3 Useful VIM Editor Tips and Tricks for Advanced Users

This article is part of the VIM User Guide series:

Vim is undoubtedly a very powerful text editor. It offers a plethora of features which means that studying and remembering every Vim functionality isn’t practically possible. But what we can do at least is keep learning easier ways of doing things so that our experience with the editor keeps on getting better with time.

With that in mind, in this article we will discuss some Vim editor tips/tricks that are aimed at advanced users.

Note: If you are completely new to Vim, you can first go through our getting started guide. For those who’ve just started using the editor, I’m sure our Vim keyboard shortcuts cheatsheet will be extremely useful to you. And if you’re already an experienced user, you might also want to find out some tips and tricks for experienced users.

Please note that all the tips mentioned in this article have been mostly explained using easy-to-understand coding situations, as they come in really handy while software development. But that does not mean normal users (who aren’t coders and use Vim for general text editing) can’t use them in their work.

There may be times when – in a particular file – you would want any tab character that you type to get replaced by spaces. Or you may want a source code file to use two spaces for indentation even if the editor’s default indentation is set to four spaces.

Basically we’re talking about file-specific changes here. There’s a feature that Vim provides which allows you to change certain settings only for a particular file. That feature is called “Modeline.”

For example, to make sure that each tab you type gets replaced by spaces, all you have to do is to add the following modeline in the first or last few lines of the file in question:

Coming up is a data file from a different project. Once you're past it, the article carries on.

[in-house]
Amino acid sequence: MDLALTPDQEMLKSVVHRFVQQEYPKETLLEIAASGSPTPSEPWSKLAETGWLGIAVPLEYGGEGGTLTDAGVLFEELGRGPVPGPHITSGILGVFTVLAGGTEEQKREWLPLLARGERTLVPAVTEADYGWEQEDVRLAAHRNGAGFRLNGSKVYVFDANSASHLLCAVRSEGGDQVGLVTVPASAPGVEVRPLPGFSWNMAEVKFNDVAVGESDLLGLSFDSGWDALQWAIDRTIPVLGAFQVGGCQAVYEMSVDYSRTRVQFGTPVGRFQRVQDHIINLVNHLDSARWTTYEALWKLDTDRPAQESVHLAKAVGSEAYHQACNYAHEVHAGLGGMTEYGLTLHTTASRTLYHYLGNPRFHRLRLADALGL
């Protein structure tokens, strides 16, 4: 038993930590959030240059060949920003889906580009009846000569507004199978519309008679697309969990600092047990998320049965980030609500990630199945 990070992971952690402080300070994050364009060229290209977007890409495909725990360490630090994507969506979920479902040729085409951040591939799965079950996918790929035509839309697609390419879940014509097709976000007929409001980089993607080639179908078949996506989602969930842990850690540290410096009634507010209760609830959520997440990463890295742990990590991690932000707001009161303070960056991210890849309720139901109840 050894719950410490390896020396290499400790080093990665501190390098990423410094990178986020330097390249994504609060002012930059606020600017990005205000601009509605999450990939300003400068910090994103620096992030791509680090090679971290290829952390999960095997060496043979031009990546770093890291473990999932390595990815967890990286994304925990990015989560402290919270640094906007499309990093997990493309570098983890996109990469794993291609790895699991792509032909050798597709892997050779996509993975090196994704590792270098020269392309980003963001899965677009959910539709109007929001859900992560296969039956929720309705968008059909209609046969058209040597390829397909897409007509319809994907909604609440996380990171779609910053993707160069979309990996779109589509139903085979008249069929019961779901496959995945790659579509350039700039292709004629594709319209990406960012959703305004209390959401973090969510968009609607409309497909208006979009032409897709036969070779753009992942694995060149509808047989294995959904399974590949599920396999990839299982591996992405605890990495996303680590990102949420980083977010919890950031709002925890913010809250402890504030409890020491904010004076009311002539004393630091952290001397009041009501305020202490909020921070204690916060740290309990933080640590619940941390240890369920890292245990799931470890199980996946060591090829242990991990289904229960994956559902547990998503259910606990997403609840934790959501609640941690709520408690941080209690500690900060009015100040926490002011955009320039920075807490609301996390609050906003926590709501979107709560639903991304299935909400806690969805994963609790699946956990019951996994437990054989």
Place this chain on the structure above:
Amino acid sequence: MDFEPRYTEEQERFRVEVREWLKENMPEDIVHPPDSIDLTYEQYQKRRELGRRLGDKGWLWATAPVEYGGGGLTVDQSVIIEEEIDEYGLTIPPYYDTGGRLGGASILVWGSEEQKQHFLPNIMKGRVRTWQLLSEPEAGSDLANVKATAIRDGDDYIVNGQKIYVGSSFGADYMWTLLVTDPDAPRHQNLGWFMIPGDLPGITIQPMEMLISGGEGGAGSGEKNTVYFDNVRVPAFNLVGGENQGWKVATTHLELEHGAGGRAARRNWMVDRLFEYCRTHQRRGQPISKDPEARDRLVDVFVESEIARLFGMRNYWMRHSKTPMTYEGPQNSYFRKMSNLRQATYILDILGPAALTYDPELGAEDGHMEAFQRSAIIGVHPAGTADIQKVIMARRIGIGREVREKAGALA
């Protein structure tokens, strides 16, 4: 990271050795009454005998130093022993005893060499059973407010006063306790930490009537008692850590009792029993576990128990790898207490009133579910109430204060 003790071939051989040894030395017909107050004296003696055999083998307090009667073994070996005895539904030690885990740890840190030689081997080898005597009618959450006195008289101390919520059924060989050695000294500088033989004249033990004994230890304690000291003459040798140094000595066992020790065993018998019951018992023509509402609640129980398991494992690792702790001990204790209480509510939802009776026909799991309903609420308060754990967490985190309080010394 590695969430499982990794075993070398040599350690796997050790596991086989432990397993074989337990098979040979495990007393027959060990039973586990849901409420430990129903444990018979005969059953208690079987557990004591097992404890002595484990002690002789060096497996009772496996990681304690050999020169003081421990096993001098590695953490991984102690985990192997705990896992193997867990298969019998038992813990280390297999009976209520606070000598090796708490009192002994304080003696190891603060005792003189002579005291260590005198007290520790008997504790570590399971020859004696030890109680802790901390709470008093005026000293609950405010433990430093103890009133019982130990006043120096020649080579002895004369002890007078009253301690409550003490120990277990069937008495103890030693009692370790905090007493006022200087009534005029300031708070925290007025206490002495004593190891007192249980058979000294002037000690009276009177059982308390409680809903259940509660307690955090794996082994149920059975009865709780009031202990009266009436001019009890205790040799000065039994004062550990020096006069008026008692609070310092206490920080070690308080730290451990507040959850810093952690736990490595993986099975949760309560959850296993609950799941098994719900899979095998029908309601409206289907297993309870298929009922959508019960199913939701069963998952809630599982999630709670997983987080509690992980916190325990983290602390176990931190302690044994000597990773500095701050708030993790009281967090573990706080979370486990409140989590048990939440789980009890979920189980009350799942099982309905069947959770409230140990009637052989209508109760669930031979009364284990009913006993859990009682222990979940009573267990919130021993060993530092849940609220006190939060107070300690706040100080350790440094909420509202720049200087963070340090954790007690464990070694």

# vim: set expandtab:

And to change the indentation from default (4) to 2, use the following modeline in the source file:

// vim: noai:ts=2:sw=2

Here are some important points that you need to keep in mind when dealing with modelines:

  • Modelines should only be added in the first or last five lines of the file.
  • The “modeline” option must be set (:set modeline) in the “.vimrc” file order to take advantage of this feature.
  • The feature is off by default when editing as root.

For more information, head to the feature’s official documentation.

As you start writing more and more complex code or start working on large source files, you deal with several variable names. Sometimes it’s not easy to remember all the names, so whenever you have to write a variable name you usually copy it from where it’s already used.

Thankfully, with Vim you can just write some initial letters of the variable. Without leaving the Insert mode, press “Ctrl + n” or “Ctrl + p” to get a list of matching keywords. While “Ctrl + n” is used to insert the next matching word, “Ctrl + p” gives you a list of previous matching words.

Here’s this feature in action.


As is clear from the screenshot above, the list that pops up also contains words from other source files. For more information on this feature, head here.

Suppose you are debugging your code, and as part of that you need to quickly see all the occurrences of a variable in a file. A commonly used way to do this is to come out of the Insert mode, write /[var-name], press Enter, and then go back and forth using the “n” and “p” keys.

There’s no problem with the aforementioned approach, per se, but there’s a slightly more easier and quicker way to do this kind of search. For that, first you have to make sure that you are out of Insert mode and that the cursor is under the word/variable you’re trying to search, which isn’t time consuming at all. And next, all you have to do is press “Shift + *.”

Do this repeatedly, and the editor will quickly take you to all the places where the word/variable is used in the file.

Although aimed at advanced users, the tips/tricks discussed here aren’t difficult to understand and use. If your basics are clear, you can really benefit from them. Needless to say, as with any new feature or concept, you need to practice these tips to make them a habit.

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